Infection is normally sub-clinical but can cause reproductive disease in cattle such as endometritis, vulvovaginitis and mastitis. Transmission is both vertical and horizontal. It can also be indirectly spread by fomites. Distribution is worldwide and the virus infects a range of ruminants, including bison, buffalo, sheep and goats.
Short-course topical formulations (i.e., single dose and regimens of 1–3 days) effectively treat uncomplicated candidal vulvovaginitis. The topically applied azole drugs are more effective than nystatin. Treatment with azoles results in relief of symptoms and negative cultures in 80–90% of patients who complete therapy.
The genital disease causes infectious pustular vulvovaginitis in cows and infectious balanoposthitis in bulls. Symptoms include fever, depression, loss of appetite, painful urination, a swollen vulva with pustules, ulcers, vesicles and erosions in cows, and pain on sexual contact in bulls. In both cases lesions usually resolve within two weeks.
Vaginitis, also known as vaginal infection and vulvovaginitis, is an inflammation of the vagina and possible vulva. It can result in discharge, itching and pain, and is often associated with an irritation or infection of the vulva. Infected women may also be asymptomatic.
In pregnancy, higher levels of estrogen make a woman more likely to develop a yeast infection. During pregnancy, the "Candida" fungus is more common, and recurrent infection is also more likely. There is no clear evidence that treatment of asymptomatic candidal vulvovaginitis in pregnancy reduces the risk of preterm birth.
Other treatments after more than four episodes per year, may include ten days of either oral or topical treatment followed by fluconazole orally once per week for 6 months. About 10-15% of recurrent candidal vulvovaginitis cases are due to non-"Candida albicans" species. Non-"albicans" species tend to have higher levels of resistance to fluconazole. Therefore, recurrence or persistence of symptoms while on treatment indicates speciation and antifungal resistance tests to tailor antifungal treatment.
Vaginal yeast infection, also known as candidal vulvovaginitis and vaginal thrush, is excessive growth of yeast in the vagina that results in irritation. The most common symptom is vaginal itching, which may be severe. Other symptoms include burning with urination, white and thick vaginal discharge that typically does not smell bad, pain with sex, and redness around the vagina. Symptoms often worsen just before a woman's period.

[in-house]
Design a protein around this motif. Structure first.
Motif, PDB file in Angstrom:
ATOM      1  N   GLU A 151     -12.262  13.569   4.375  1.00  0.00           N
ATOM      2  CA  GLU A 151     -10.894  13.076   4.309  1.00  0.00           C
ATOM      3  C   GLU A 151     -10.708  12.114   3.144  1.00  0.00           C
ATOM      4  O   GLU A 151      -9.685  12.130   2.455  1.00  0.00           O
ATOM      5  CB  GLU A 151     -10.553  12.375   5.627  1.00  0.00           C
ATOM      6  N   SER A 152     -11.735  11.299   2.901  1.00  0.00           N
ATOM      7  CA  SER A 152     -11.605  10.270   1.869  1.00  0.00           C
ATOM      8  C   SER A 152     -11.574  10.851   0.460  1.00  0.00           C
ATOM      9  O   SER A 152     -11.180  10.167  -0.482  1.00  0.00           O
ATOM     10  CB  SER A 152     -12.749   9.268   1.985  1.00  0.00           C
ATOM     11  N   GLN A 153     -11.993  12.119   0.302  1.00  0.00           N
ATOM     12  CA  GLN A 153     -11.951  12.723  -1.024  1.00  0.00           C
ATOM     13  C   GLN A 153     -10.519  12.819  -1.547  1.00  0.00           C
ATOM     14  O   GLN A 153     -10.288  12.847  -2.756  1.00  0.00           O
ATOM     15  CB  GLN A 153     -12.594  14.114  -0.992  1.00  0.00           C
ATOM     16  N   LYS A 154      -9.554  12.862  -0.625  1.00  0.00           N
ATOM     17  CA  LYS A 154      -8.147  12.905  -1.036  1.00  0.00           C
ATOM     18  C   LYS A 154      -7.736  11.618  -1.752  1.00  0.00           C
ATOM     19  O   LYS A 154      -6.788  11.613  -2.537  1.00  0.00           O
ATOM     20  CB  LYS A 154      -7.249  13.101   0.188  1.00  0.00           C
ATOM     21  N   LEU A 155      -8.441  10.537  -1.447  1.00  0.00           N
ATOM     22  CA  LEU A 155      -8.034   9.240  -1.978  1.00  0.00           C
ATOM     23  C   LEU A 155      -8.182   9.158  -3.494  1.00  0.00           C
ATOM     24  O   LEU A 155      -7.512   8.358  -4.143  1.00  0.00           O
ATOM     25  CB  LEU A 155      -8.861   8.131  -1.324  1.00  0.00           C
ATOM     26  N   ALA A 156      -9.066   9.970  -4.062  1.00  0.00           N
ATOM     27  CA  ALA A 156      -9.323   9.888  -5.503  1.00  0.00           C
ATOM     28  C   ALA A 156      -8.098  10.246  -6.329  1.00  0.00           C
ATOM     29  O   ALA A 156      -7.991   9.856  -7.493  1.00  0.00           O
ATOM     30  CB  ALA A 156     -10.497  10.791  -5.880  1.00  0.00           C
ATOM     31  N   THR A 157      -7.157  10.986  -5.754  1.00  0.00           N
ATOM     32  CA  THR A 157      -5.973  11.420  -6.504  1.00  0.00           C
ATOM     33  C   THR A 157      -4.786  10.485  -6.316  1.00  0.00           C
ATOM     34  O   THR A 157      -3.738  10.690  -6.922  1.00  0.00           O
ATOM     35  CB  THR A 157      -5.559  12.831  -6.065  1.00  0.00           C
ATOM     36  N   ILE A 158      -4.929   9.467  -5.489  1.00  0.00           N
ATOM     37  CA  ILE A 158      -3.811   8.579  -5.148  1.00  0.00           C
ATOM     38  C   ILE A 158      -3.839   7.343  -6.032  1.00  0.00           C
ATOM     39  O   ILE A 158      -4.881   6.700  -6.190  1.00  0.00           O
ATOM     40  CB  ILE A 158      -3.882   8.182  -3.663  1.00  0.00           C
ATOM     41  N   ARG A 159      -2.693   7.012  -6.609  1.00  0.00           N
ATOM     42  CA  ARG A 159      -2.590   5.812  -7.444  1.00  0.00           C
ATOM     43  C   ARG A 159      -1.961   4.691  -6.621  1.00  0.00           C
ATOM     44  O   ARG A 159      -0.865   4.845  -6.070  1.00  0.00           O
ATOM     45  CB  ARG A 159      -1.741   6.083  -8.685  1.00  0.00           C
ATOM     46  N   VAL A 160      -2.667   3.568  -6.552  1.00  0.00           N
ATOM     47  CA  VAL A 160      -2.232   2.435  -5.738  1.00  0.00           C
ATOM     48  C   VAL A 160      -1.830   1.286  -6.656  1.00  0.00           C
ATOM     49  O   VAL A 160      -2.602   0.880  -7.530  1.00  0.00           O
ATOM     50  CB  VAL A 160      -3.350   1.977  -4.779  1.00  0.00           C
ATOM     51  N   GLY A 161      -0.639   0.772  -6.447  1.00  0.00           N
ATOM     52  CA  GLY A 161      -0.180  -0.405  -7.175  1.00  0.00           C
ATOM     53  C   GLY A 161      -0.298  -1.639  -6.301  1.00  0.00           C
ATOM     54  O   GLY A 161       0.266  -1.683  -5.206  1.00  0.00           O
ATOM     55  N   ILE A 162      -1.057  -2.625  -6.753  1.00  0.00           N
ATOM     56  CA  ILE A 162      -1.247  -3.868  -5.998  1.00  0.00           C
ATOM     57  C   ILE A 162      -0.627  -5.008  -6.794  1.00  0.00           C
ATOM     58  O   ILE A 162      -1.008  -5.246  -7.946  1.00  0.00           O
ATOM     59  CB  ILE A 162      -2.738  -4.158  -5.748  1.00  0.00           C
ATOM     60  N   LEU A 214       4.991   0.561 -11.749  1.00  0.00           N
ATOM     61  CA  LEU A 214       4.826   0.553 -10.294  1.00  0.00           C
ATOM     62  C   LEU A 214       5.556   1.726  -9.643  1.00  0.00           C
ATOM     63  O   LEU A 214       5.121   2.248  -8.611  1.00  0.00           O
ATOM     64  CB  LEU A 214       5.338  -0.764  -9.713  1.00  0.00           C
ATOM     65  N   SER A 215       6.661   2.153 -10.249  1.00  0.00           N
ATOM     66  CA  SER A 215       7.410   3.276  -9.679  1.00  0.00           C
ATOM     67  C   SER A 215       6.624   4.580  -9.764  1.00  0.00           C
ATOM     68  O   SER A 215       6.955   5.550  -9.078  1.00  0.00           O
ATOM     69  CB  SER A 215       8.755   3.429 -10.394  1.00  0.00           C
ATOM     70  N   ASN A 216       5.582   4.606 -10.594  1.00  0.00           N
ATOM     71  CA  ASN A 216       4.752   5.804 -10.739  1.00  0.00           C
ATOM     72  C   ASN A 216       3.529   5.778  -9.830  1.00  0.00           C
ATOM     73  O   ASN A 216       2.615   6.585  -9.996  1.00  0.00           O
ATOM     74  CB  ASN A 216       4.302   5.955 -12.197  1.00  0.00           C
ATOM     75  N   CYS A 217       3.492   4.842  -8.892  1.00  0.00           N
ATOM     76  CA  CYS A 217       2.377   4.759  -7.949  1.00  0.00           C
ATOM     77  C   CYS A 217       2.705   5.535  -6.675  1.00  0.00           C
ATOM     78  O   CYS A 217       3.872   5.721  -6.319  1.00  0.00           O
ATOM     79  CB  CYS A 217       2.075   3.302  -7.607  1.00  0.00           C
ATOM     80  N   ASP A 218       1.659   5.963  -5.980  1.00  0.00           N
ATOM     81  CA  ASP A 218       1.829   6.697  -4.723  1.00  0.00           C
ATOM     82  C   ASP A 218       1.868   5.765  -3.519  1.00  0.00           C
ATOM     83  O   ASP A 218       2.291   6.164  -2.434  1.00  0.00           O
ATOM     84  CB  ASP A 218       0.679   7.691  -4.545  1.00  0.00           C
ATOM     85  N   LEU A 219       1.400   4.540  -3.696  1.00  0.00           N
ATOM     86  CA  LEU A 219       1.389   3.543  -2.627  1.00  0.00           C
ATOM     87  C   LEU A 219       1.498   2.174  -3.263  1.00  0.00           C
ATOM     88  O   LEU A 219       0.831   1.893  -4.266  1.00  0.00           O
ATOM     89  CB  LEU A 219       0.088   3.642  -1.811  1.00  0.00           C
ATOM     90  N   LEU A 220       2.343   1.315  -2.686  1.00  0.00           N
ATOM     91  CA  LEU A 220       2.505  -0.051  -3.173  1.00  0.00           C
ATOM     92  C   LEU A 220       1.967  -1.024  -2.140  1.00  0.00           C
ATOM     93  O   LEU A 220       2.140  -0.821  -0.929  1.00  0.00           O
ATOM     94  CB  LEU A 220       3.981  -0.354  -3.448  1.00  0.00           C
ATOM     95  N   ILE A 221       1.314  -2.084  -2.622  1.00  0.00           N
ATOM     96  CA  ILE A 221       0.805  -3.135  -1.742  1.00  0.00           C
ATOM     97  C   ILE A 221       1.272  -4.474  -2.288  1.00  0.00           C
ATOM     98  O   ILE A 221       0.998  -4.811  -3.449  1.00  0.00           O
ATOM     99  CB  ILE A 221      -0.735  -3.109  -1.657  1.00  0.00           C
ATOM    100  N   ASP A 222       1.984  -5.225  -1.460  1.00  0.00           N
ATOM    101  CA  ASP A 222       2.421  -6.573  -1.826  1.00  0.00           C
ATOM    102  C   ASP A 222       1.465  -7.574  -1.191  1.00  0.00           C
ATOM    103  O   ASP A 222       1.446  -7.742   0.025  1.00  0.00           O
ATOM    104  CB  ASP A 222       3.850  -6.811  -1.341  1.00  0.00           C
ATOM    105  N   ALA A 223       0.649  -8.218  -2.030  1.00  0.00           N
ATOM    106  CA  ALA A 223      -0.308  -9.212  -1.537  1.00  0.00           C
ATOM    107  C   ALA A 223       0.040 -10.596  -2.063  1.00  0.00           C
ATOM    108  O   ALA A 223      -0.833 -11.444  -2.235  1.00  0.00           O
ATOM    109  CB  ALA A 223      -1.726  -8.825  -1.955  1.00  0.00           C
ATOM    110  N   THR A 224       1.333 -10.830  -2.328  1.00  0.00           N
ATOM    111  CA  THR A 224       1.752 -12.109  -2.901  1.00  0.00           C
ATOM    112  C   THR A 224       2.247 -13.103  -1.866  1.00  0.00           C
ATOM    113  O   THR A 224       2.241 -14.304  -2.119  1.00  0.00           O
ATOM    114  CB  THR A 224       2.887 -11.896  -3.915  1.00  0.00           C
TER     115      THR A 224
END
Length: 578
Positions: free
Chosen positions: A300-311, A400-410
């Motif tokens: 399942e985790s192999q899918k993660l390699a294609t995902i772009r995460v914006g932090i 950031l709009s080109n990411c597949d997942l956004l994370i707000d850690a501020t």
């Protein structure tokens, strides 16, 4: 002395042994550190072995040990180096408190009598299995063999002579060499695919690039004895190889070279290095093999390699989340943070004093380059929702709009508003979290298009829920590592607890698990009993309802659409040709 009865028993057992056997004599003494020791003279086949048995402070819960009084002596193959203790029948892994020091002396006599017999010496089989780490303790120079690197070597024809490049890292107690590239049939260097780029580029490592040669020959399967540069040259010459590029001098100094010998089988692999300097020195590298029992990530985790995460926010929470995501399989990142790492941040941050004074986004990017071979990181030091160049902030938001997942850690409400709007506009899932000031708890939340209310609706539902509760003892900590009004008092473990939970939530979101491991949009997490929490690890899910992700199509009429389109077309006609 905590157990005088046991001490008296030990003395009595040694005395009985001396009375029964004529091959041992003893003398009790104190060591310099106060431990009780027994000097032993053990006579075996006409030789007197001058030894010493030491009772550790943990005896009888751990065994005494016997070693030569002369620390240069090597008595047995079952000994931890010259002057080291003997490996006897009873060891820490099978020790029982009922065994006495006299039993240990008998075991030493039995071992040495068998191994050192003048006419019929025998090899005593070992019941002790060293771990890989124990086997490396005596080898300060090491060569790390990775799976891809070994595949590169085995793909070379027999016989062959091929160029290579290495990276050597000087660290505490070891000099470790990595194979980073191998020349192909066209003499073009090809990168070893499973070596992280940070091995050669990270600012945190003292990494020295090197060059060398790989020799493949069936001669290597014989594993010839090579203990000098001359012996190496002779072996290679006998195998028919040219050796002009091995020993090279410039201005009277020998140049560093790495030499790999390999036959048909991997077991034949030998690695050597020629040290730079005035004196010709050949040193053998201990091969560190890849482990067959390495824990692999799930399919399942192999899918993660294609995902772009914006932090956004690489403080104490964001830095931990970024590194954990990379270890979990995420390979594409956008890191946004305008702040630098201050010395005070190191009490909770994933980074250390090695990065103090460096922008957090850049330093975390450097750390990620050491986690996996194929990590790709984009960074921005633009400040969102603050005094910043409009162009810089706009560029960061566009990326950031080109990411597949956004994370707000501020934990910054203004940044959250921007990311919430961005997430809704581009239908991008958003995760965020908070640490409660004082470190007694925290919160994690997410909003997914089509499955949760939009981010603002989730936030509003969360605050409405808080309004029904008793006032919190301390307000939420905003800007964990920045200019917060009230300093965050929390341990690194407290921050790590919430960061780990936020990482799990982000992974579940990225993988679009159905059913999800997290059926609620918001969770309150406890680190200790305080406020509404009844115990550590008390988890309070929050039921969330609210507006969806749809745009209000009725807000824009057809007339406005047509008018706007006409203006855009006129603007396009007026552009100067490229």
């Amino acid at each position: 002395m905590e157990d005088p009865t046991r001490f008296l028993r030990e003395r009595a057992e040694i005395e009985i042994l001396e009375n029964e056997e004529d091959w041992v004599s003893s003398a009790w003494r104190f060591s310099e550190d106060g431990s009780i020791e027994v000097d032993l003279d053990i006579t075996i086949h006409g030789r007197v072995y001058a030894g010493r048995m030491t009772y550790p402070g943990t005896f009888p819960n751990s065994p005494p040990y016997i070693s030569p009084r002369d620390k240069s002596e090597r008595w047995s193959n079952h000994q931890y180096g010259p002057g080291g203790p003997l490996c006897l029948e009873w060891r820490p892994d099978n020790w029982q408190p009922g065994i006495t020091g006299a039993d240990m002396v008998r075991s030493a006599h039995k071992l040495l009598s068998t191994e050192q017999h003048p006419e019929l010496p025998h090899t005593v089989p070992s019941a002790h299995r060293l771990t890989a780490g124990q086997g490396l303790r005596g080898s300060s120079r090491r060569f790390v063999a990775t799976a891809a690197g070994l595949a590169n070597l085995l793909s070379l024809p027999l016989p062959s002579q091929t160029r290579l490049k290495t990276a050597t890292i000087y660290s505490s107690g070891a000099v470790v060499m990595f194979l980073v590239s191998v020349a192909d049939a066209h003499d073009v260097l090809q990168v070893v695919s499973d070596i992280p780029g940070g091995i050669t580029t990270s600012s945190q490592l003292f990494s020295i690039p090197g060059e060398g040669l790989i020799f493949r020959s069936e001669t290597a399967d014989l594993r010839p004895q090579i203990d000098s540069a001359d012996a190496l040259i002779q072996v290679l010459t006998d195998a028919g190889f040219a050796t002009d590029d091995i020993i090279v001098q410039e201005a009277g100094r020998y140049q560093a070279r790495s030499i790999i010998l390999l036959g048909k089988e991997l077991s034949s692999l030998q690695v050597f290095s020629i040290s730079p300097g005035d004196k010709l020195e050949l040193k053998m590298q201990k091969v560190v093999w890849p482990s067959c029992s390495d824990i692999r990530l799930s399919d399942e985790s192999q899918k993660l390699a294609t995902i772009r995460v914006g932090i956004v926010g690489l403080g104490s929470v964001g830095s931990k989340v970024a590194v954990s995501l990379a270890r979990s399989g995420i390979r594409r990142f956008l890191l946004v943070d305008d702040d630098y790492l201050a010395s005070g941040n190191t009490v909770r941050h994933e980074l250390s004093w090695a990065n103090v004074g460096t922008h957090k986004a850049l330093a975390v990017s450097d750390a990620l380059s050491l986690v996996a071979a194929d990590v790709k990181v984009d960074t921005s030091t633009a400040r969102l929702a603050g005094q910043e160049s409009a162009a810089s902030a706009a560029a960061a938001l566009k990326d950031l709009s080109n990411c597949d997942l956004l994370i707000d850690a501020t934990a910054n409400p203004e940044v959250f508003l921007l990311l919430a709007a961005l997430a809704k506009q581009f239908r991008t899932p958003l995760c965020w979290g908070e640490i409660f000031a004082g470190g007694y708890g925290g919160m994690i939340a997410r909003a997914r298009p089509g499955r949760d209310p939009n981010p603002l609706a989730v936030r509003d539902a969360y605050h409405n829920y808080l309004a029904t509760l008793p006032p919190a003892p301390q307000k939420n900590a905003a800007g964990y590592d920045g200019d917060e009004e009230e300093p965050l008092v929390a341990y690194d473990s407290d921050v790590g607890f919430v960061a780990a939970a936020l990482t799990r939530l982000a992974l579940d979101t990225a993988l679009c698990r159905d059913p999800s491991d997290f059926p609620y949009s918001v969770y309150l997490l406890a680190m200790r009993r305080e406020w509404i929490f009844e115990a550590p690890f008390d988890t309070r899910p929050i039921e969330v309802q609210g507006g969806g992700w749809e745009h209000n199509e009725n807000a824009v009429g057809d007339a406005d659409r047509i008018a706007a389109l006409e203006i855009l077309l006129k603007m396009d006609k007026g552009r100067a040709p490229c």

SGLT2 inhibitors are called gliflozins and lead to a reduction in blood glucose levels. Therefore, SGLT2 inhibitors have potential use in the treatment of type II diabetes. As studied on canagliflozin, a member of this class of drugs, gliflozins enhance glycemic control as well as reduce body weight and systolic and diastolic blood pressure. The gliflozins canagliflozin, dapagliflozin, and empagliflozin may lead to euglycemic ketoacidosis. Other side effects of gliflozins include increased risk of (generally mild) urinary tract infections, candidal vulvovaginitis.
Vaginal bleeding not associated with menarche may be cause for concern in a child. In the first few days of life, some amount of vaginal bleeding is normal, prompted by the drop in transplacental hormones. Causes of vaginal bleeding in children include trauma, condyloma acuminata, lichen sclerosus, vulvovaginitis, tumors, urethral prolapse, precocious puberty, exogenous hormone exposure, and retained foreign body. Most causes can be diagnosed with a visual examination of the vulva and a careful medical history, but some may require vaginoscopy or a speculum exam.
Alphaherpesvirinae is a subfamily of Herpesviridae, primarily distinguished by reproducing more quickly than other subfamilies of Herpesviridae. In animal virology the most important herpesviruses belong to the Alphaherpesvirinae. Pseudorabies virus is the causative agent of Aujeszky's disease in pigs and bovine herpesvirus 1 is the causative agent of bovine infectious rhinotracheitis and pustular vulvovaginitis. Mammals serve as natural hosts. There are currently 37 species in this subfamily, divided among 5 genera. Diseases associated with this subfamily include: HHV-1 and HHV-2: skin vesicles or mucosal ulcers, rarely encephalitis and meningitis HHV-3: chickenpox (varicella) and shingles gaHV-2: Marek's disease.
In animal virology, the most important herpesviruses belong to the subfamily "Alphaherpesvirinae". Research on pseudorabies virus (PrV), the causative agent of Aujeszky's disease in pigs, has pioneered animal disease control with genetically modified vaccines. PrV is now extensively studied as a model for basic processes during lytic herpesvirus infection, and for unraveling molecular mechanisms of herpesvirus neurotropism, whereas bovine herpesvirus 1, the causative agent of bovine infectious rhinotracheitis and pustular vulvovaginitis, is analyzed to elucidate molecular mechanisms of latency. The avian infectious laryngotracheitis virus is phylogenetically distant from these two viruses and serves to underline similarity and diversity within the "Alphaherpesvirinae".